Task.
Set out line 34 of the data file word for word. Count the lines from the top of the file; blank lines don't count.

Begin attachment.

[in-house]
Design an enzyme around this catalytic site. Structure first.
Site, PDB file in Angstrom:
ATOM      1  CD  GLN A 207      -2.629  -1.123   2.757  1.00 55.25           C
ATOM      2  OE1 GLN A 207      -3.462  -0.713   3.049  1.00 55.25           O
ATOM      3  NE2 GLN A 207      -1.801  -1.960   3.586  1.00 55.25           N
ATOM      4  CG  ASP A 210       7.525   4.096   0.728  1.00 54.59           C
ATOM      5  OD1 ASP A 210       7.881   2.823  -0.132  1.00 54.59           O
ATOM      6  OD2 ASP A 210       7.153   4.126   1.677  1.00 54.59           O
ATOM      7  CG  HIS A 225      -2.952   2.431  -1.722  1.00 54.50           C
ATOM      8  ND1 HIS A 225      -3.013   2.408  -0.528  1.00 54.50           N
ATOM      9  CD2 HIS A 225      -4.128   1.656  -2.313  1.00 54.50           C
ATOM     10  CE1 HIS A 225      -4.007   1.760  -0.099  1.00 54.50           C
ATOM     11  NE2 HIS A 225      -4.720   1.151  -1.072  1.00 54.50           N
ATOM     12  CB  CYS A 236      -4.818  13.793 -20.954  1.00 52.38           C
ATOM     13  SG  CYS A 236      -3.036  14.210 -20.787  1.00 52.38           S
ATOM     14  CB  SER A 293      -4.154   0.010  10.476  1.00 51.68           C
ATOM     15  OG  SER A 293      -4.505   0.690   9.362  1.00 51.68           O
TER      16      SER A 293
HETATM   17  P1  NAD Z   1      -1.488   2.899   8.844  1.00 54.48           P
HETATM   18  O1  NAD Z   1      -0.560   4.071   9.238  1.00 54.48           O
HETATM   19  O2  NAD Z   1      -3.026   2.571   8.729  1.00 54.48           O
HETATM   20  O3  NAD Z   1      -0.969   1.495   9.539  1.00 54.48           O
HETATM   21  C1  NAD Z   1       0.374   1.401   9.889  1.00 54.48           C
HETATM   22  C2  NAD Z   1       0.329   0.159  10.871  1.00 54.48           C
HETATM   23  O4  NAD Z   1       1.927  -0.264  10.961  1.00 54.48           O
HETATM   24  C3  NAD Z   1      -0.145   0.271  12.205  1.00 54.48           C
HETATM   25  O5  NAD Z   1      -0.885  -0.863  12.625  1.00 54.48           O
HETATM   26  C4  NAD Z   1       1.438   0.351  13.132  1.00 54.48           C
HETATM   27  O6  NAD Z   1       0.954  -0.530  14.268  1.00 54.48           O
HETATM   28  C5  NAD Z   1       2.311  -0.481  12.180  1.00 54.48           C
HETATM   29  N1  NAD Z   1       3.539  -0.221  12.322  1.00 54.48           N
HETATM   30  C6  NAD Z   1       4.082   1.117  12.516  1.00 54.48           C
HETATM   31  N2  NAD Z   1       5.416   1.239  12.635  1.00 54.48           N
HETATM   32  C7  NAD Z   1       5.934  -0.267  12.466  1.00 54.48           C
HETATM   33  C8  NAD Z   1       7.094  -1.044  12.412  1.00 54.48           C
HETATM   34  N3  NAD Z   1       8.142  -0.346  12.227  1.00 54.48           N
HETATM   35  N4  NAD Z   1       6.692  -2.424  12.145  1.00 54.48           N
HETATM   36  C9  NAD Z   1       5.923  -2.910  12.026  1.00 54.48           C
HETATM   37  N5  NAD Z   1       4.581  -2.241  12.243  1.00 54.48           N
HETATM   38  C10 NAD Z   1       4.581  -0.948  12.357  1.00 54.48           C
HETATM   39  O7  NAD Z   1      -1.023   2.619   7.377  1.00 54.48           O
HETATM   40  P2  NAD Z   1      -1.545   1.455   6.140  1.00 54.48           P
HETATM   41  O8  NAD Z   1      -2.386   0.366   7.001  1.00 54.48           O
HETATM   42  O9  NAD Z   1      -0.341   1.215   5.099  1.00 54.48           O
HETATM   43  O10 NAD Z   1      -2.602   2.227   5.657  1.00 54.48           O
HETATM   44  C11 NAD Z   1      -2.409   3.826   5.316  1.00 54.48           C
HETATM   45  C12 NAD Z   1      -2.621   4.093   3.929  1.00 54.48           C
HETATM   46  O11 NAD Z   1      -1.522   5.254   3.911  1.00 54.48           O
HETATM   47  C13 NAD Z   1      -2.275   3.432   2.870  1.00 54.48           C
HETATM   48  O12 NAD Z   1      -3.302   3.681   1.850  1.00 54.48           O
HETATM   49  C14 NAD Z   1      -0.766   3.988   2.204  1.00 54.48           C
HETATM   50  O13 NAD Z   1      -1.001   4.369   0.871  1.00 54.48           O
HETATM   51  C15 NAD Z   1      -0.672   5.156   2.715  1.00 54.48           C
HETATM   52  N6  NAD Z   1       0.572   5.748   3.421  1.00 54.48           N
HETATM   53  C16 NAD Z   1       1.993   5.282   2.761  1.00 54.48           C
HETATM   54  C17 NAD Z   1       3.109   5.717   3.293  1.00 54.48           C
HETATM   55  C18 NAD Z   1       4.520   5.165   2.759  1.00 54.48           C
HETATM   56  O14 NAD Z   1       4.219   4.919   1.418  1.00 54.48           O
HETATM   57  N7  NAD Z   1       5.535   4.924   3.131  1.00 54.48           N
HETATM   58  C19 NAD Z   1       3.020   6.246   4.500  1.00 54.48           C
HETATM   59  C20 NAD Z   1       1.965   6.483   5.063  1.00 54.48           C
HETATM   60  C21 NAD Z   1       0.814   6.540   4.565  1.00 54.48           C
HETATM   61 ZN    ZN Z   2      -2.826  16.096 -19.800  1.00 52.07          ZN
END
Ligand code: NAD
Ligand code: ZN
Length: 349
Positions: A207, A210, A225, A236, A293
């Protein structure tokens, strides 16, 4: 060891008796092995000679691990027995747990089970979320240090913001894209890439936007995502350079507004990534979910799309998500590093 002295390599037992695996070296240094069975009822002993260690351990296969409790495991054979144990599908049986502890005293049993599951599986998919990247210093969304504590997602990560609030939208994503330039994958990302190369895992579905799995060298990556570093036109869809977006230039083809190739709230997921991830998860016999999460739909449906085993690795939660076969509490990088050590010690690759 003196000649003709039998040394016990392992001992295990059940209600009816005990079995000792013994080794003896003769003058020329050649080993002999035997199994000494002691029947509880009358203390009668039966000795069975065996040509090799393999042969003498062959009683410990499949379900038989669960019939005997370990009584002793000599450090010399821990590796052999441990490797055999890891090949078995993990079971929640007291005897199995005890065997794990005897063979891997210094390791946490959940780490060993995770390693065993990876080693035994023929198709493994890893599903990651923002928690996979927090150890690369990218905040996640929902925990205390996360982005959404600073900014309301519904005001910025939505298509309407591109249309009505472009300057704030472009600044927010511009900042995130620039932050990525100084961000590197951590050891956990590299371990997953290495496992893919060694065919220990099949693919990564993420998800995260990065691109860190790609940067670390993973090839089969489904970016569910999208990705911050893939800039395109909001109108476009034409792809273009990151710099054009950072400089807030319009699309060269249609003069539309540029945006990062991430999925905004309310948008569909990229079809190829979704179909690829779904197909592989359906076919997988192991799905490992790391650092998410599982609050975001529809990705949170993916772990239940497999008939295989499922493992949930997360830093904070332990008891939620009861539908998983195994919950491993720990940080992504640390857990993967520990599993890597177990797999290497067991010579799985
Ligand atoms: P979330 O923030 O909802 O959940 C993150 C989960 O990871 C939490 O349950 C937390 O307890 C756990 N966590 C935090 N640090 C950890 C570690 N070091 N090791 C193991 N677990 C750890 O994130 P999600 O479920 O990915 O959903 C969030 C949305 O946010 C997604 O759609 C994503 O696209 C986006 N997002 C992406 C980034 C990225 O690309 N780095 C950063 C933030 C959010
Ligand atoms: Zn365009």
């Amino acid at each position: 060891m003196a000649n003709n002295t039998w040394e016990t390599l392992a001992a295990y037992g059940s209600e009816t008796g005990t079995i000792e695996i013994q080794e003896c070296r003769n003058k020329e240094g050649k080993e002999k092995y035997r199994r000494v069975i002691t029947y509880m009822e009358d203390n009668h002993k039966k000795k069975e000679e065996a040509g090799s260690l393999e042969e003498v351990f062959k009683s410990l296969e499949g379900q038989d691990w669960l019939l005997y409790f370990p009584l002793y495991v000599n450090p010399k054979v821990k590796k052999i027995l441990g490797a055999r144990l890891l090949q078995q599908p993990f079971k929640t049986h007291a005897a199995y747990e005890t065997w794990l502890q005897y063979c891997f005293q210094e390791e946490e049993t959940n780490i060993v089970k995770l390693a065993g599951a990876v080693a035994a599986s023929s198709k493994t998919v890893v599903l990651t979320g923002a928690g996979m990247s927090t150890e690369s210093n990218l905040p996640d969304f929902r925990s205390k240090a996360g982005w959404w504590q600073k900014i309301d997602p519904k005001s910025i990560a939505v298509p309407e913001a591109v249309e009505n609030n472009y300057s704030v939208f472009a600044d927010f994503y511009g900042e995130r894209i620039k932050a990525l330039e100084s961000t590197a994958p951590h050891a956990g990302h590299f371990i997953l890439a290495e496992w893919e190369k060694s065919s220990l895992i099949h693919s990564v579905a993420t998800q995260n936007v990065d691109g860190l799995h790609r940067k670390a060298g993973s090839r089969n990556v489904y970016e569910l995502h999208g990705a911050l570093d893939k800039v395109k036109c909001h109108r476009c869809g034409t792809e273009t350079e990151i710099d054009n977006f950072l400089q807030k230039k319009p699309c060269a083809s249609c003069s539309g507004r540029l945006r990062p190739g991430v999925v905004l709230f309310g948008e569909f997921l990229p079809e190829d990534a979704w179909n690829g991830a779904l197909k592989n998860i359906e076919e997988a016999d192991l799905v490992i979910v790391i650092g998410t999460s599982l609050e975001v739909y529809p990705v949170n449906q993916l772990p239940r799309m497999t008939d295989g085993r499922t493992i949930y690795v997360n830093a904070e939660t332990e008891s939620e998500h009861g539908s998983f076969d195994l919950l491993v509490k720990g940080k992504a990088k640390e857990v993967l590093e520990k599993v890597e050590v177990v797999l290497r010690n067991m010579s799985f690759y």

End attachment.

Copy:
HETATM   31  N2  NAD Z   1       5.416   1.239  12.635  1.00 54.48           N